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##\textbf{1)}##

My current understanding is that unlike Einstein's model, he views a 1D solid as a chain of atoms similar not unlike a 1D chain of masses coupled with springs. Thus a chain of N oscillators has N vibrational modes in 1D and 3N in 3D. This means that we have taken the normal mode frequencies for longitudinal oscillations to be the same as those the transverse oscillations. Is this really the case (classically and quantum mechanically) or was the assumption made for simplicity?

##\textbf{2)}##

The energy for a mode of frequency ##\omega## is given by ##\hbar \omega (n_b(\beta \hbar \omega) + \frac{1}{2})##, with ##n_b## being the Bose-Einstein distribution, and telling us the average level of excitation for that particular mode. It was then implied that we can take the entire mode to be in itself a a) simple harmonic oscillator with b) the energy given above. What does he mean by a) and b)? Also with regards to 2), why does a chain of atoms have the same expression for energy as a single quantum harmonic oscillator? In classical mechanics we would have to sum the energy contributions of individual masses (and spring constants) to get the total energy of the system.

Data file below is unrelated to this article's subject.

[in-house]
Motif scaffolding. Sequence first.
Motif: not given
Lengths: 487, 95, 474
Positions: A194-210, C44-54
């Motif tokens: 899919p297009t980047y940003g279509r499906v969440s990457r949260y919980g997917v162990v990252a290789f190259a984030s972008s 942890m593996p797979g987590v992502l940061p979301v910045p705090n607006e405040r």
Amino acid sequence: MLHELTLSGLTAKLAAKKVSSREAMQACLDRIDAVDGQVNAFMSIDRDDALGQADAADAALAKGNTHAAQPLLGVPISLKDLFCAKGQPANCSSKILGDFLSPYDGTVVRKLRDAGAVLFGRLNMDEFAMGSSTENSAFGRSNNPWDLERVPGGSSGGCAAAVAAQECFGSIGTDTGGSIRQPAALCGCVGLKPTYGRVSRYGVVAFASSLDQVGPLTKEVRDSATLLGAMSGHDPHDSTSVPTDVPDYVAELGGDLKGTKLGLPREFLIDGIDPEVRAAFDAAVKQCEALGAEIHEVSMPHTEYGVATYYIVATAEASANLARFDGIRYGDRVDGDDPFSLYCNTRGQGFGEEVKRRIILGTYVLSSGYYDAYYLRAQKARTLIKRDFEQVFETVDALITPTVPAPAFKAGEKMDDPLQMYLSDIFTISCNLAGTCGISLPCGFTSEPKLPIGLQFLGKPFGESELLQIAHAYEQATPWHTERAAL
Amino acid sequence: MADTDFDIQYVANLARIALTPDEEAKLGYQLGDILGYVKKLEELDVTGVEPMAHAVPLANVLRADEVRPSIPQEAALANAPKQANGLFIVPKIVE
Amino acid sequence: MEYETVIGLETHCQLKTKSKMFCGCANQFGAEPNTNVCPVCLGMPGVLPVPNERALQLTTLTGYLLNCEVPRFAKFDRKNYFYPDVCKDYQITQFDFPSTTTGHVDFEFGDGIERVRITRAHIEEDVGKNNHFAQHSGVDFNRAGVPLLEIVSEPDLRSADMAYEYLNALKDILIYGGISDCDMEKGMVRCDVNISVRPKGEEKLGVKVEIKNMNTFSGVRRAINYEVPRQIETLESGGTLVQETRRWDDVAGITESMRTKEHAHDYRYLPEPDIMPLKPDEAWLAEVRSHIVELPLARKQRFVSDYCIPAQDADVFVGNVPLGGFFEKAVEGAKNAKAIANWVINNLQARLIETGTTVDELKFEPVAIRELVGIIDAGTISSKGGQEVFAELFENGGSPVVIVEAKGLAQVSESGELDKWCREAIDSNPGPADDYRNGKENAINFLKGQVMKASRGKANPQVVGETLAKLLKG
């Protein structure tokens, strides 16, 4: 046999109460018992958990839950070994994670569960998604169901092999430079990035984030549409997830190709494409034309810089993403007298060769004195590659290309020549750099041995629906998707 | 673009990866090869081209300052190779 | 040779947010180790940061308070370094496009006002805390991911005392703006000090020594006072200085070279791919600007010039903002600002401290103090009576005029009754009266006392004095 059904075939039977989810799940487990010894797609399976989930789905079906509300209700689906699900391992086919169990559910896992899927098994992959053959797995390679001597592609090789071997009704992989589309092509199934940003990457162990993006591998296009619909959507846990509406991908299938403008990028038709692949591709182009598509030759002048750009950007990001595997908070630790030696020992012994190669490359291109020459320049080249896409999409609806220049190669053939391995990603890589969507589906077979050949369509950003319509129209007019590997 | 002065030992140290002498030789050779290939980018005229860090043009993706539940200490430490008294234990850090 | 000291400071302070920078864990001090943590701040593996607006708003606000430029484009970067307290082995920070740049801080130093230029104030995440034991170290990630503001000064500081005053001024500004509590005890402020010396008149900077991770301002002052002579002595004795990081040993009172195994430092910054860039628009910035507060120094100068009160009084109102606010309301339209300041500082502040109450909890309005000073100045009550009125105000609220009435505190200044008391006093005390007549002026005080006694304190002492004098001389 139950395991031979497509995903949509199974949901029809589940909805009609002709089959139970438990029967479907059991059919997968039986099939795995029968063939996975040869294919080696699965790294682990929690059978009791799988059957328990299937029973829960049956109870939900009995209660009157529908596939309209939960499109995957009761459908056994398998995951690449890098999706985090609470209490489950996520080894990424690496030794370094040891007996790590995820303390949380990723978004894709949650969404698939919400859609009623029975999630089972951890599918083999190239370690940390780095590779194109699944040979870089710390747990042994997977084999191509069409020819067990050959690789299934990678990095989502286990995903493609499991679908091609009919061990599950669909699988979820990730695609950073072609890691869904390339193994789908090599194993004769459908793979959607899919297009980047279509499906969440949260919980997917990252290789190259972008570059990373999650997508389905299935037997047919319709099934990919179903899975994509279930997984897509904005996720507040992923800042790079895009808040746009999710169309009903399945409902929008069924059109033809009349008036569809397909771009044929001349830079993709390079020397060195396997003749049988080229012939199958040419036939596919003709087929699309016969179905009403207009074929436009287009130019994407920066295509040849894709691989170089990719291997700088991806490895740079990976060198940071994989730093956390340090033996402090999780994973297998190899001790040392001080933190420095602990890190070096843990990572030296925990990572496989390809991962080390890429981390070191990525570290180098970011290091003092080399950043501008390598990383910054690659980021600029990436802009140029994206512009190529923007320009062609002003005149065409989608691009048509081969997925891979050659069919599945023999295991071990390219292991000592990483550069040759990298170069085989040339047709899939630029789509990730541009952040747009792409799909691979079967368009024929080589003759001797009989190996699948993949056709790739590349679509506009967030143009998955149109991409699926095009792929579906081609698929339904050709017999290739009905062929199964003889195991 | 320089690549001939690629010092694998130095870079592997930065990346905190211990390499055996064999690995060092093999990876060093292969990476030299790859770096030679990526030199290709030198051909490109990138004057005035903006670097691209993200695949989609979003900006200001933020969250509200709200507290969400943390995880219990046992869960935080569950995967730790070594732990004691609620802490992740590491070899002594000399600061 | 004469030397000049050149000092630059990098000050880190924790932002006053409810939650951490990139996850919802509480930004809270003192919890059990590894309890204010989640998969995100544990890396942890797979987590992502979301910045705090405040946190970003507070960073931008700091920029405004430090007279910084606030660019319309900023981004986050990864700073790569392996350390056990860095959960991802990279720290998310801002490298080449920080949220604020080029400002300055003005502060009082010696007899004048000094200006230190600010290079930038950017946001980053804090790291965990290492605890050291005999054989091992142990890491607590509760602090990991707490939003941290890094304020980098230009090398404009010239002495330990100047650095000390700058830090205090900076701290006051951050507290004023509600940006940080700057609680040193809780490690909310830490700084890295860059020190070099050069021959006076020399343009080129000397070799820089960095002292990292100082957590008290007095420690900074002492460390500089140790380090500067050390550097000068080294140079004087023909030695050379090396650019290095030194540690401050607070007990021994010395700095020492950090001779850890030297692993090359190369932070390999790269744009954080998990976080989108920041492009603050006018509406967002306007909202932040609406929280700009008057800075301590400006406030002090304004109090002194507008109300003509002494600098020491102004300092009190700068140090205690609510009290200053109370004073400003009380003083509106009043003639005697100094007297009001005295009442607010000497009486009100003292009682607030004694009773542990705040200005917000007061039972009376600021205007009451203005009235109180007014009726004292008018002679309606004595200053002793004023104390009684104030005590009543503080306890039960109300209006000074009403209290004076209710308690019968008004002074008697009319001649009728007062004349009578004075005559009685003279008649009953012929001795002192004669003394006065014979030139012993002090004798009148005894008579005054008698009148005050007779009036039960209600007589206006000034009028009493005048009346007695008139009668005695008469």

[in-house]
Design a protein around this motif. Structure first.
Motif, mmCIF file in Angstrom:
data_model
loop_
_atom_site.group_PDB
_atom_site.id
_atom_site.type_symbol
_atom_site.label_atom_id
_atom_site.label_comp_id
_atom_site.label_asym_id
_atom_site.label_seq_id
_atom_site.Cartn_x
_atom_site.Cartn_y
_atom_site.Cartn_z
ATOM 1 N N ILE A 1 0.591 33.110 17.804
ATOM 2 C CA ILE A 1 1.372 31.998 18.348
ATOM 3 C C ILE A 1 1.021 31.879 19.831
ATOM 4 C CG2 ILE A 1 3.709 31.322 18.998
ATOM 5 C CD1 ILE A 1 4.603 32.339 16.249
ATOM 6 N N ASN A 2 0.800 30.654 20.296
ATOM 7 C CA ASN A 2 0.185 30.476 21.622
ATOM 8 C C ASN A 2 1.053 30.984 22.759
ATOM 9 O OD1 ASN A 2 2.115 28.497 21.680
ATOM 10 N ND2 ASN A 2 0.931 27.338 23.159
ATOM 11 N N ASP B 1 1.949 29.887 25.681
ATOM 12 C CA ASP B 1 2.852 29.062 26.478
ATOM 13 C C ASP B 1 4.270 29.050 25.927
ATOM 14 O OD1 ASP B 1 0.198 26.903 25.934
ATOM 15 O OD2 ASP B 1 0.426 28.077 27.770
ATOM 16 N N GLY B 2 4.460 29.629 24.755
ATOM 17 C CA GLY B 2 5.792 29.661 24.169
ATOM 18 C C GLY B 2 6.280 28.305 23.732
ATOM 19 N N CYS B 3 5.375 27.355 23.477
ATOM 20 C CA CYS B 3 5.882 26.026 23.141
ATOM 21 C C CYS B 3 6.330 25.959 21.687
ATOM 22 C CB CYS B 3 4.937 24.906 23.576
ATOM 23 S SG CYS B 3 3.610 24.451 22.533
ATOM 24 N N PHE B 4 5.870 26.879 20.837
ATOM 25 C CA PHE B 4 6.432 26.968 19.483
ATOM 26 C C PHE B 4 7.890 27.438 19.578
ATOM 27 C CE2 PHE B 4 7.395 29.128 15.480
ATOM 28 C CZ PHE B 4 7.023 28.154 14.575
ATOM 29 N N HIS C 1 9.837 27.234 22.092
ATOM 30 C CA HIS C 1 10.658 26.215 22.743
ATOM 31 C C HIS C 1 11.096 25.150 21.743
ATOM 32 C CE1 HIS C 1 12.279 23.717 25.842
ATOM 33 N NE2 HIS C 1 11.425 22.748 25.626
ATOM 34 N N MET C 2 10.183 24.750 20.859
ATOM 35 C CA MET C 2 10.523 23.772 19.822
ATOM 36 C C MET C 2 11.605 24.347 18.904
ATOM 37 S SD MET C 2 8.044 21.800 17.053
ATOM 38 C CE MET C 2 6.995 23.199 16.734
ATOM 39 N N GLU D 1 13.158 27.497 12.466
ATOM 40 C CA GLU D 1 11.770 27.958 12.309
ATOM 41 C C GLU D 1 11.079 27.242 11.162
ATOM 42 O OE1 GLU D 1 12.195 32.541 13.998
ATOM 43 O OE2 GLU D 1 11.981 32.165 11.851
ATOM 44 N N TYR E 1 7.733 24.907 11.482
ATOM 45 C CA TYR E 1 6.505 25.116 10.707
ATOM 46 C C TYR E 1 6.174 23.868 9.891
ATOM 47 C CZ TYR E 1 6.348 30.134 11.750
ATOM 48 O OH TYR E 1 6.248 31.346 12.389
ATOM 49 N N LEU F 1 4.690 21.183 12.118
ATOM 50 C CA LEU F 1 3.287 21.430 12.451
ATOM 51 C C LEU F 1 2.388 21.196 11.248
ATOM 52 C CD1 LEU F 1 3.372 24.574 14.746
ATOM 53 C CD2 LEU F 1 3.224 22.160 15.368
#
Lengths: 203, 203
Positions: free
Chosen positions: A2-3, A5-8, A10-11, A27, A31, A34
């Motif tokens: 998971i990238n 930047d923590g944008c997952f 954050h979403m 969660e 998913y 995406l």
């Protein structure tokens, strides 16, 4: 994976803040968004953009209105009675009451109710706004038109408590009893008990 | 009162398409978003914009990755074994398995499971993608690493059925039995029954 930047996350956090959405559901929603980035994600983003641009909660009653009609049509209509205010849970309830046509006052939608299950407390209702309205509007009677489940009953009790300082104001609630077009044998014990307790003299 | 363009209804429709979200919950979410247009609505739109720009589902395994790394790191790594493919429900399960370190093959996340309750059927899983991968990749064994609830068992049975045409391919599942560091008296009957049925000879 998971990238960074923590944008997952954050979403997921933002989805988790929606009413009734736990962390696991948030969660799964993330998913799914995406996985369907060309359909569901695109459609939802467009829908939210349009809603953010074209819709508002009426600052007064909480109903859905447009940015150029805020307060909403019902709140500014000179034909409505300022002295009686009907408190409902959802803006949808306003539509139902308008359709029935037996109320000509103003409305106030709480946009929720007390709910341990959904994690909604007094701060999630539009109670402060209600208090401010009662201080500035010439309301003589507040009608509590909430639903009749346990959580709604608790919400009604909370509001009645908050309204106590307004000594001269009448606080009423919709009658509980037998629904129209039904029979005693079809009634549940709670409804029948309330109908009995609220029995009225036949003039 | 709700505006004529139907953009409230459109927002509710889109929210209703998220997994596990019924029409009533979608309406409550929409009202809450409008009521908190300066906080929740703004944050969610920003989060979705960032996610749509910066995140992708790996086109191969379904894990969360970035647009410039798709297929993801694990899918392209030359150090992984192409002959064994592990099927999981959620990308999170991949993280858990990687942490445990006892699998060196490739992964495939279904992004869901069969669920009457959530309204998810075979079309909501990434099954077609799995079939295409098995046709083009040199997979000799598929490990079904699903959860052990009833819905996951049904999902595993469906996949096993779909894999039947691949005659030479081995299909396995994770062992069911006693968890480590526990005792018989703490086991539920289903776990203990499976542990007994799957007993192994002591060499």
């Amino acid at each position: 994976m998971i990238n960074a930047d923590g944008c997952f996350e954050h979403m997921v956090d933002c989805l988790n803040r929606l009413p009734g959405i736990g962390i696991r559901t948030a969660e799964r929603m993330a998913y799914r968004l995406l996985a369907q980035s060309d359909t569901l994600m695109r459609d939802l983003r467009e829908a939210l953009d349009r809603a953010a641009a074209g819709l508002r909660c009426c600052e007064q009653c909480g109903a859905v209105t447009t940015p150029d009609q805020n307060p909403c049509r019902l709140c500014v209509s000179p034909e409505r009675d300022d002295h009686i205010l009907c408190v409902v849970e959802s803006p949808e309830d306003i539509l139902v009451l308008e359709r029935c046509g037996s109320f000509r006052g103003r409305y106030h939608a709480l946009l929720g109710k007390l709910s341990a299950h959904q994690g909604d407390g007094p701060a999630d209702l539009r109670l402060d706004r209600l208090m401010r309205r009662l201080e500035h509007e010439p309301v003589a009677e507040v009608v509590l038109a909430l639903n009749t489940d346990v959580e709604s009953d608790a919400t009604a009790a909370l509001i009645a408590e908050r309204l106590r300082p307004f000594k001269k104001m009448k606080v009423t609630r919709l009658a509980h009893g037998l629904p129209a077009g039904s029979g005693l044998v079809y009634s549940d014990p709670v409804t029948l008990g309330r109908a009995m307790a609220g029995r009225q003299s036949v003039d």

##\textbf{3)}##

It was then stated that we could also view each mode as a boson of frequency ##\omega## occupied on average ##n_b## times. Why do we take a mode, which really is the vibration of a chain of atoms, as a single particle? Or was this meant as an analogy rather than a literal interpretation? Also, what does it mean for a boson to be "occupied" ##n_b## times?

##\textbf{4)}## Later the concept of the density of states ##g(\omega)## was introduced. Am I right in saying that ##g(\omega) \ d\omega## can be interpreted as the number of chains of atoms in the considered solid occupying vibrational modes between frequencies ##\omega## and ##\omega + d\omega##?

PS I have not studied Statistical Mechanics (that comes in the future) and thus am unfamiliar with the Bose-Einstein distribution and properties of Bosons.